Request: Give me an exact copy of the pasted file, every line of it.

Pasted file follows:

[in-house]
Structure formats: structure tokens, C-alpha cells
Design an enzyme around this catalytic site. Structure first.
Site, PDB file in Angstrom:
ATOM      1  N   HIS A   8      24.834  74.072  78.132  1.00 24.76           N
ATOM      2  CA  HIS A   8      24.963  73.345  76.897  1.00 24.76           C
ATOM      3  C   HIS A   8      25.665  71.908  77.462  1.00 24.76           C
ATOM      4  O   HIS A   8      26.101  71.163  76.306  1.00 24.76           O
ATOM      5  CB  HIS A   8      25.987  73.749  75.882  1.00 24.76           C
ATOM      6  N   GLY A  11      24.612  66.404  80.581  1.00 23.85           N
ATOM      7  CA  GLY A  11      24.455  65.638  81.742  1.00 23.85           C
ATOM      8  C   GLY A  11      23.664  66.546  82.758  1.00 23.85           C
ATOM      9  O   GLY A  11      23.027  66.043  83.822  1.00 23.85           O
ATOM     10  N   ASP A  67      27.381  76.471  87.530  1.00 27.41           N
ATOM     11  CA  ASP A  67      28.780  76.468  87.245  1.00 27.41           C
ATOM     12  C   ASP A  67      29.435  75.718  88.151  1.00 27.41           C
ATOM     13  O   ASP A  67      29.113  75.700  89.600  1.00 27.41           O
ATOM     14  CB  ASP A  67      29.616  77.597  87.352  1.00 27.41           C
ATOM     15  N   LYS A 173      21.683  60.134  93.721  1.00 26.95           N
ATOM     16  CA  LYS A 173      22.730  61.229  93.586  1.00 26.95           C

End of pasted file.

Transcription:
[in-house]
Structure formats: structure tokens, C-alpha cells
Design an enzyme around this catalytic site. Structure first.
Site, PDB file in Angstrom:
ATOM      1  N   HIS A   8      24.834  74.072  78.132  1.00 24.76           N
ATOM      2  CA  HIS A   8      24.963  73.345  76.897  1.00 24.76           C
ATOM      3  C   HIS A   8      25.665  71.908  77.462  1.00 24.76           C
ATOM      4  O   HIS A   8      26.101  71.163  76.306  1.00 24.76           O
ATOM      5  CB  HIS A   8      25.987  73.749  75.882  1.00 24.76           C
ATOM      6  N   GLY A  11      24.612  66.404  80.581  1.00 23.85           N
ATOM      7  CA  GLY A  11      24.455  65.638  81.742  1.00 23.85           C
ATOM      8  C   GLY A  11      23.664  66.546  82.758  1.00 23.85           C
ATOM      9  O   GLY A  11      23.027  66.043  83.822  1.00 23.85           O
ATOM     10  N   ASP A  67      27.381  76.471  87.530  1.00 27.41           N
ATOM     11  CA  ASP A  67      28.780  76.468  87.245  1.00 27.41           C
ATOM     12  C   ASP A  67      29.435  75.718  88.151  1.00 27.41           C
ATOM     13  O   ASP A  67      29.113  75.700  89.600  1.00 27.41           O
ATOM     14  CB  ASP A  67      29.616  77.597  87.352  1.00 27.41           C
ATOM     15  N   LYS A 173      21.683  60.134  93.721  1.00 26.95           N
ATOM     16  CA  LYS A 173      22.730  61.229  93.586  1.00 26.95           C